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Islam, Women and Feminism ( 27 Jan 2017, NewAgeIslam.Com)

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Iranian Actress to Shun Oscars in Protest of Trump Immigrant Ban

New Age Islam News Bureau

27 Jan 2017

 Afghanistan Seeks More Women to Join Its Army

 PTI Women MPAs Boycott Assembly over 'Discrimination'

 French Court Affirms One Burkini Ban, Rejects Another

 Uniqlo Plans To Bring Line of Hijabs and Other Modest Wear to Canada

 Sharjah Ladies Run To Boost Women's Fitness

 Four Women Linked To Al Shabaab Freed On Sh500, 000 Bond Each

 ‘Marriage and Its Discontents’ and the Vocal Debate on Muslim Personal Law

 German Girl Gets 6-Year Term For ‘IS’ Police Stabbing

Compiled by New Age Islam News Bureau




Iranian Actress to Shun Oscars in Protest of Trump Immigrant Ban

January 27, 2017

Iranian actress Taraneh Alidoosti to Shun Oscars in Protest of Trump Immigrant Ban

New York. The star of Iran's Oscar-nominated movie "The Salesman" said on Thursday she would not attend the Academy Awards ceremony in Hollywood next month because of US President Donald Trump's proposed ban on immigrants from Muslim nations.

Taraneh Alidoosti, 33, a Tehran-born actress, said the move was racist.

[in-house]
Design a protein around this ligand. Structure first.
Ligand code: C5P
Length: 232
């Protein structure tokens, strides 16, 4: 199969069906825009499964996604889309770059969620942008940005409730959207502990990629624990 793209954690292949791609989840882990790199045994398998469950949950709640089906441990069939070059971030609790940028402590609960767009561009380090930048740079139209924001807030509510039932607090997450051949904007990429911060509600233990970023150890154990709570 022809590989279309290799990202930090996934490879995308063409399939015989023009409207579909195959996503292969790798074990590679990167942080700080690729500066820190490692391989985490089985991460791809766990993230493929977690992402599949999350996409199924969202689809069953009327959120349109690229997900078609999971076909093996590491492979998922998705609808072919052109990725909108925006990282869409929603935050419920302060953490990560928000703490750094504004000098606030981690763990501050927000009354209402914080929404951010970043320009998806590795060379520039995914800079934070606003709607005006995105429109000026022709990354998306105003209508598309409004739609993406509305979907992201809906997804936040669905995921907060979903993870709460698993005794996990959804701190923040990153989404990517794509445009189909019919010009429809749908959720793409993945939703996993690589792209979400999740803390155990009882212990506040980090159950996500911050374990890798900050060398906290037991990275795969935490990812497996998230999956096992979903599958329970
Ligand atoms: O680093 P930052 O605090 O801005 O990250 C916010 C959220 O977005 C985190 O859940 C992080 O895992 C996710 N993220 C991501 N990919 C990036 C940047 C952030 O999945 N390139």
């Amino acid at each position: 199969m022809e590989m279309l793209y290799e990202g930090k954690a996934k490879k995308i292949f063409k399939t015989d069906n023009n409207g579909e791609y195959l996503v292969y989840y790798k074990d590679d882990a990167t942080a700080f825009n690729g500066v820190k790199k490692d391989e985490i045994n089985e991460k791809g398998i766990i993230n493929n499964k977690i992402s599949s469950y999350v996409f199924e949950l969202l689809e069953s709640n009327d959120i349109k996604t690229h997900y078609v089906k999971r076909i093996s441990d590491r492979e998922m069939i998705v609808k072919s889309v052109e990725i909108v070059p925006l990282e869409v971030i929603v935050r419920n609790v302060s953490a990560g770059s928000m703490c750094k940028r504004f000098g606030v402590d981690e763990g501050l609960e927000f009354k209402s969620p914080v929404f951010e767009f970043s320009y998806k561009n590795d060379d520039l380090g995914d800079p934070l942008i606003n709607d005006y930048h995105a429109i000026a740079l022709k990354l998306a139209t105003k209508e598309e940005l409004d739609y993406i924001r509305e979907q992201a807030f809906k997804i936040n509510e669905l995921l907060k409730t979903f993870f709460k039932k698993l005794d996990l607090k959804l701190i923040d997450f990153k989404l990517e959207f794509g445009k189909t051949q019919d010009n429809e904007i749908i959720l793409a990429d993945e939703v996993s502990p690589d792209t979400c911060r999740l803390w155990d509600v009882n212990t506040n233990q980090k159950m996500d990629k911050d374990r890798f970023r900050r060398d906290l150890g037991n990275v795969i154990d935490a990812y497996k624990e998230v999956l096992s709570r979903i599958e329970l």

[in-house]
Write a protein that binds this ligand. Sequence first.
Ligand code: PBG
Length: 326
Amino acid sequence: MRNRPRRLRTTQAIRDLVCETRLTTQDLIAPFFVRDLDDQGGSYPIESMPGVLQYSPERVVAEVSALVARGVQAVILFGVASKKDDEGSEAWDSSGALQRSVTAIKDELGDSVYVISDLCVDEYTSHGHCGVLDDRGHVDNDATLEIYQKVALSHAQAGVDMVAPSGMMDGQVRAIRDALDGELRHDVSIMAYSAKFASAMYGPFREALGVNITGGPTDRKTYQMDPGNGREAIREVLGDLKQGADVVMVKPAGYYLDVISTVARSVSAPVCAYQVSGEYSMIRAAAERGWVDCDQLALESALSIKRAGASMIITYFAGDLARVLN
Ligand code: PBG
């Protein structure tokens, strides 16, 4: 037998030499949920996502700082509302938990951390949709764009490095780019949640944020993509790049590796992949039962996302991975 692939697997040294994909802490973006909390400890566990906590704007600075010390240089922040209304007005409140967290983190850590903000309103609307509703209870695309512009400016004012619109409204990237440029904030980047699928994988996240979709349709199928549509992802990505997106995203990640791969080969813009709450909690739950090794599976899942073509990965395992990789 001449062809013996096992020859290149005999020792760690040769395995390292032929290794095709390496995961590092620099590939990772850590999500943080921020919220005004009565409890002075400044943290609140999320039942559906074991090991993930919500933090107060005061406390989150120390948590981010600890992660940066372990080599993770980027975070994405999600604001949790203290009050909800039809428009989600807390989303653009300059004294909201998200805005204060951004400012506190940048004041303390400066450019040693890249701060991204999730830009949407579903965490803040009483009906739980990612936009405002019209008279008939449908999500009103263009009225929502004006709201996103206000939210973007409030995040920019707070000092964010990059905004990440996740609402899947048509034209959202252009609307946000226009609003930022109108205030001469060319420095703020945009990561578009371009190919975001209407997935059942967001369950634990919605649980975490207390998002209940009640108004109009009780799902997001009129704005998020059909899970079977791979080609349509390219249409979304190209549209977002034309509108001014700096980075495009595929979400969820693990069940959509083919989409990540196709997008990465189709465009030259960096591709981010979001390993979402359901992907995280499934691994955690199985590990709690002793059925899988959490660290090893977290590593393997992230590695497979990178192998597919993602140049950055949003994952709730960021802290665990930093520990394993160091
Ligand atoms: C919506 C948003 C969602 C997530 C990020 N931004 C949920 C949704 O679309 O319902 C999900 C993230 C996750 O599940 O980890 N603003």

"Trump's visa ban for Iranians is racist. Whether this will include a cultural event or not, I won't attend the #AcademyAwards 2017 in protest," Alidoosti said on Twitter.

An executive order expected to be signed by Trump in coming days will block the entry to the United States of Syrian refugees, and suspend the entry of any immigrants from Muslim-majority countries Syria, Sudan, Somalia, Iraq, Iran, Libya and Yemen.

In "The Salesman," Alidoosti plays one half of an Iranian couple whose life becomes strained as they take part in a production of the American stage classic "Death of a Salesman."

The film, by Iranian director Asghar Farhadi, was nominated on Tuesday for a foreign-language Oscar, and has won prizes at film festivals in Cannes, Chicago and Munich.

Alidoosti has also appeared in the popular Iranian TV soap opera "Shahrzad."